9. Sophia

    I think this is a great idea, because it seems so simple – the best thing is when you are in control of your financial future, and that includes small things like this. While you may not be able to control exactly what happens in the future you can put plans in place and stay in control. If it just takes a few minutes I will certainly be doing this.

    • James L.

      Sophia, thank you so much for sharing your thoughts with us! We appreciate you using our online services and we look forward to serving you and the American public in the years to come.

  10. DAVID K.

    I served 45 years in serving the United States and now am getting messed over by the United States. I served 25 years in the military and 20 years in civil service. I have ran into 2 very bad situations I do not think is right. After serving and paying Social Security over those 45 years the Social Security rules say unless my wife is a United States Citizen she cannot claim from my Social Security. I think I earned it and my wife should be able to claim it when she turns 65.There are others that have not served and wives have not worked at all and are allowed to draw on their husbands Social Security. Would you please help me with this?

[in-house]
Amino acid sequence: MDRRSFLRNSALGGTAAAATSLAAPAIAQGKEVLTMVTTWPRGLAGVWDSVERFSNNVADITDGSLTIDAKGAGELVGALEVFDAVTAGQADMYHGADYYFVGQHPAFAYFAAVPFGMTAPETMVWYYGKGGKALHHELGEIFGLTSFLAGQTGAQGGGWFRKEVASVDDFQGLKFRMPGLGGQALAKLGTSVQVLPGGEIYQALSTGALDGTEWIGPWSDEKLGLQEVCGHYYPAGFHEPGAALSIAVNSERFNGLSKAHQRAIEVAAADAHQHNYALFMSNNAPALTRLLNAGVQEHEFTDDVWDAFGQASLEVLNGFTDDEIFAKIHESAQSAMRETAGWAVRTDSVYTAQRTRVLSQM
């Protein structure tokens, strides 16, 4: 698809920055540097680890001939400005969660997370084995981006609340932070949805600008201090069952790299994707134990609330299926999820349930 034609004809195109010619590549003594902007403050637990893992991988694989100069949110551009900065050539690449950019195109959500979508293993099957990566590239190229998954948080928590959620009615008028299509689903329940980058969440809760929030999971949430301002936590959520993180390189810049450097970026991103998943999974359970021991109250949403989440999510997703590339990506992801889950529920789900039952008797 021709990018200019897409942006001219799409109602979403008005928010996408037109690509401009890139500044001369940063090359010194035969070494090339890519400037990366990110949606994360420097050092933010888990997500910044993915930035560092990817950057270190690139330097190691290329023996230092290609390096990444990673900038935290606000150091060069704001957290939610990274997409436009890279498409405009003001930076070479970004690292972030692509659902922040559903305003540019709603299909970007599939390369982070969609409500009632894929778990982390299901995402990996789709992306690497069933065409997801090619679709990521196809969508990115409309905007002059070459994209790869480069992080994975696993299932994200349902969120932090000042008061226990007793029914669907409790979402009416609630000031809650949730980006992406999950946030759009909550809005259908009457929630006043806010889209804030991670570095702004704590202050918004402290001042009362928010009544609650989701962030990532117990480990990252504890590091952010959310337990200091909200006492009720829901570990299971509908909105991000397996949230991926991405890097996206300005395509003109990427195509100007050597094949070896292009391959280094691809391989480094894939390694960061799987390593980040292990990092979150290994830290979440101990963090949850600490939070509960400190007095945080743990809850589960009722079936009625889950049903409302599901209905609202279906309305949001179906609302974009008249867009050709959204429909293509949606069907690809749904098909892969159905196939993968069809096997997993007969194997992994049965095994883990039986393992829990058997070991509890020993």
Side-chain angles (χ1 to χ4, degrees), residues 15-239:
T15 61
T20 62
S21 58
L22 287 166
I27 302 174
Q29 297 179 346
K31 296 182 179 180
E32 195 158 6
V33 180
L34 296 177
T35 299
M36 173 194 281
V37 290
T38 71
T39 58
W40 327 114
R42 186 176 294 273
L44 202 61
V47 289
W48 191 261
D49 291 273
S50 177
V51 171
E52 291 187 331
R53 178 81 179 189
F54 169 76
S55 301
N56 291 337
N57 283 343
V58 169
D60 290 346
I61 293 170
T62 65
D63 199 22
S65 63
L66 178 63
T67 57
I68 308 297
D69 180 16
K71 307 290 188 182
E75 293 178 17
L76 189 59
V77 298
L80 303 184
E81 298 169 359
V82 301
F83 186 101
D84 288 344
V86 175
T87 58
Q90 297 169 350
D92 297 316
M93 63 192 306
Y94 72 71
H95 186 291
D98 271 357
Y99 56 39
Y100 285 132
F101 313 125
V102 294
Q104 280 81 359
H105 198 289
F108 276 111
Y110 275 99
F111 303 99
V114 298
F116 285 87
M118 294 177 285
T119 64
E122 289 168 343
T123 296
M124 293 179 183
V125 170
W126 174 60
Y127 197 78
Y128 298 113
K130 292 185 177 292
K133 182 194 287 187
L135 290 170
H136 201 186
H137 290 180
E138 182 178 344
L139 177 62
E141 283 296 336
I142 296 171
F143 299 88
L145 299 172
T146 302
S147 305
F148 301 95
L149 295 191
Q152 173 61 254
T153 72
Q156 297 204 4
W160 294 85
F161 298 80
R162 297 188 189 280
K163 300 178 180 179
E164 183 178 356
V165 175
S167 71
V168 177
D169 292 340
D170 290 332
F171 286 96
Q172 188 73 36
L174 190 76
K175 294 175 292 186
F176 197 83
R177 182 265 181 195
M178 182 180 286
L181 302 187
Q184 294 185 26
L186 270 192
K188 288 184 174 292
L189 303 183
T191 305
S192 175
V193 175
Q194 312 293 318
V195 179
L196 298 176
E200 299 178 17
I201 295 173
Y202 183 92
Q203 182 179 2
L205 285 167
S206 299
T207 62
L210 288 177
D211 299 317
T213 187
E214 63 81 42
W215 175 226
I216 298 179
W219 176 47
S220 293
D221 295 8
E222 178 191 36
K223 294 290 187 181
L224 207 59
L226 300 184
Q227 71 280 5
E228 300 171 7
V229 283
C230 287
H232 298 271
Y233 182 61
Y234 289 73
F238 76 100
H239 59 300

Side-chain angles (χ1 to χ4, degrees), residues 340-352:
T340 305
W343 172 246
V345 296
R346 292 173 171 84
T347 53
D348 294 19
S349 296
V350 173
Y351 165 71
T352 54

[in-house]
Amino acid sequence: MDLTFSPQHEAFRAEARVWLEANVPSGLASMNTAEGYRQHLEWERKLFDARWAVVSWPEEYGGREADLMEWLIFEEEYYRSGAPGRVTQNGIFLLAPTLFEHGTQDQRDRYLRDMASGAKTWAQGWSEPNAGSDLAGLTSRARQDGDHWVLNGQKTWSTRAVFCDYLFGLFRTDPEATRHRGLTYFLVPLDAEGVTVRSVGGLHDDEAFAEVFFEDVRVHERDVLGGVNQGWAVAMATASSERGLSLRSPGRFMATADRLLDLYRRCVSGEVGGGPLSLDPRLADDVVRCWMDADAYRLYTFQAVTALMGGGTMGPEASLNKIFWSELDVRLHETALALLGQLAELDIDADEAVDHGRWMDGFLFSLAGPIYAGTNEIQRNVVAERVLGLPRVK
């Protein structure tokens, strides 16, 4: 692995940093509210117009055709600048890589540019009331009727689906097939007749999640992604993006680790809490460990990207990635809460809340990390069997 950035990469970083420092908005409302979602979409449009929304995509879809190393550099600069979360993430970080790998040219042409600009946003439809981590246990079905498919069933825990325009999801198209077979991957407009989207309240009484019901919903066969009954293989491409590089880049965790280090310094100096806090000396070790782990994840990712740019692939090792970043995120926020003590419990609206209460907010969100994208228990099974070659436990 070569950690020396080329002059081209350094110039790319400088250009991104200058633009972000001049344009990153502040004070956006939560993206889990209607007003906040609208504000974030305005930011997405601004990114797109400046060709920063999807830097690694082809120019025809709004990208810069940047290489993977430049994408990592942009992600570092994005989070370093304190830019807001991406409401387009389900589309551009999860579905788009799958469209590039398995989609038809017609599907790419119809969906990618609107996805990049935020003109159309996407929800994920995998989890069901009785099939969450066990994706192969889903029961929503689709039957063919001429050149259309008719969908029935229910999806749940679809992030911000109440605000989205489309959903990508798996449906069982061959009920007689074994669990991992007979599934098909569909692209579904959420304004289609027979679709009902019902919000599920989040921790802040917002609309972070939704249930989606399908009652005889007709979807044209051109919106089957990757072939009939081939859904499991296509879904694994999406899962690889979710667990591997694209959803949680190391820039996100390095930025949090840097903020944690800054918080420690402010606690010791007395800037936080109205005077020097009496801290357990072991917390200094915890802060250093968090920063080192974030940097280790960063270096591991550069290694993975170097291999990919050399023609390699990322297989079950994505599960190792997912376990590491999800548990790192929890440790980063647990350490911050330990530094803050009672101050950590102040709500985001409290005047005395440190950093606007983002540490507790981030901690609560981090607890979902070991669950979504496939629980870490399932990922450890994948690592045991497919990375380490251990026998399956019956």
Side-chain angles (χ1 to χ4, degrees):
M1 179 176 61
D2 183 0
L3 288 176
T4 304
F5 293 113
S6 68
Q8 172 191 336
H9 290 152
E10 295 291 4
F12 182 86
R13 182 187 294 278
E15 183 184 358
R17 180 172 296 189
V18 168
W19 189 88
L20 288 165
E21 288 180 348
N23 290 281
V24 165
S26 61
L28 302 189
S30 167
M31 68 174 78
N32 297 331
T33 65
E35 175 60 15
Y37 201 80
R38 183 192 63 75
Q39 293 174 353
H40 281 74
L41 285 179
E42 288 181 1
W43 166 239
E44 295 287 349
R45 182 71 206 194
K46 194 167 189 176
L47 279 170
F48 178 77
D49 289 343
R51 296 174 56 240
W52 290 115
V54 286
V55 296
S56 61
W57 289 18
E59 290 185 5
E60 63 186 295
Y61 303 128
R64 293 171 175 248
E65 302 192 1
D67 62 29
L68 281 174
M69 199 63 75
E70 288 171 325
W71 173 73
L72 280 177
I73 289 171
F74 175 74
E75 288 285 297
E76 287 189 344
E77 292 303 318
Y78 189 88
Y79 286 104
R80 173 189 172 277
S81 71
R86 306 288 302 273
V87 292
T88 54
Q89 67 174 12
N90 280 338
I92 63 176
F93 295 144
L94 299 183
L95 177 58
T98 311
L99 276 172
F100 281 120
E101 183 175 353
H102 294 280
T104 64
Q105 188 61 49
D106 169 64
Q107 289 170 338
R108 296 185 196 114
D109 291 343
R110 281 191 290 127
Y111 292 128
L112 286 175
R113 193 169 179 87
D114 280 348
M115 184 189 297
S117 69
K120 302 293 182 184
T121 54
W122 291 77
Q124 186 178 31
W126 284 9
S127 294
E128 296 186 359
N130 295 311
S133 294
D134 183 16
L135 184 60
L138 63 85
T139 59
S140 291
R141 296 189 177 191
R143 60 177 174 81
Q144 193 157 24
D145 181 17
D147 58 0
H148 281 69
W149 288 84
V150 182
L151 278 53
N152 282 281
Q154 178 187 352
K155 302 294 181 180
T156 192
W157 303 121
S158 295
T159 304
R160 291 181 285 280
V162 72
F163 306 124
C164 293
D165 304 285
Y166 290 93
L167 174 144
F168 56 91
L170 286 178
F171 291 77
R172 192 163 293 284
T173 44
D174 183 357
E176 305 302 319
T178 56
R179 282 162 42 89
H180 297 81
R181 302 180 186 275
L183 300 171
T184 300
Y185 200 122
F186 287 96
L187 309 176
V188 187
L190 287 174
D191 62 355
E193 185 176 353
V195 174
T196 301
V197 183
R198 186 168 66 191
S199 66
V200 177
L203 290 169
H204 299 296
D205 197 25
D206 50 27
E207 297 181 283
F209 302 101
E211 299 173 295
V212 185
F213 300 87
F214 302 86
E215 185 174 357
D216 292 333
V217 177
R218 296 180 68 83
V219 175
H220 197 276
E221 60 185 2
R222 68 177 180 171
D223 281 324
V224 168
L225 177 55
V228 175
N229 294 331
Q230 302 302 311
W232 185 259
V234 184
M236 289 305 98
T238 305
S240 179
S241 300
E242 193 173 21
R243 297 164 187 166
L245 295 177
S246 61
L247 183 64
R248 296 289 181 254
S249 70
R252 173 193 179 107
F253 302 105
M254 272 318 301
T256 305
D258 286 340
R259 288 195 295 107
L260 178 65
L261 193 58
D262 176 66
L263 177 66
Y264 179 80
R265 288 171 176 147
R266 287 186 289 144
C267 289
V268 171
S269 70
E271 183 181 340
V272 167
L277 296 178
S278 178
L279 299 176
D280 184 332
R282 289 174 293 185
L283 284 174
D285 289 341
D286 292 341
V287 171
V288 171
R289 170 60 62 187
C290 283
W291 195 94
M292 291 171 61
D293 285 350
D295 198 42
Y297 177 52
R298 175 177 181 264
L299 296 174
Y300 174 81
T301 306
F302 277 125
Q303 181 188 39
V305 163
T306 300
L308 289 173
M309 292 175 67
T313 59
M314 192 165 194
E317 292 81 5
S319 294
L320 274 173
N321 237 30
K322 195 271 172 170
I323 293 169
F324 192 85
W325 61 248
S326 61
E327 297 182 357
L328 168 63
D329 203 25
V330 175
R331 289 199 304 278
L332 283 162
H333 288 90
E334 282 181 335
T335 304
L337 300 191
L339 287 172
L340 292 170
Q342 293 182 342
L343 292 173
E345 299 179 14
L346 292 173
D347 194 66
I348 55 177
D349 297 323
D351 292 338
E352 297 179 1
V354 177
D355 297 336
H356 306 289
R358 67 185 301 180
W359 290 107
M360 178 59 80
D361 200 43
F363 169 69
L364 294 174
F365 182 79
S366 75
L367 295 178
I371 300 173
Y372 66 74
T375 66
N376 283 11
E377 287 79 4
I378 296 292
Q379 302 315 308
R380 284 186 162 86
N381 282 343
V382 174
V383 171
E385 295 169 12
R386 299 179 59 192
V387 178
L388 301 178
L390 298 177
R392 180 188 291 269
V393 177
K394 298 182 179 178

My second request I am requesting help with is my wife will be able to claim the military SBP but the draw back is Social Security will take out 30% tax on it. I think that is a big exuberant, don’t you.

    Thank you very much for any help you can give me!!

    David Knutson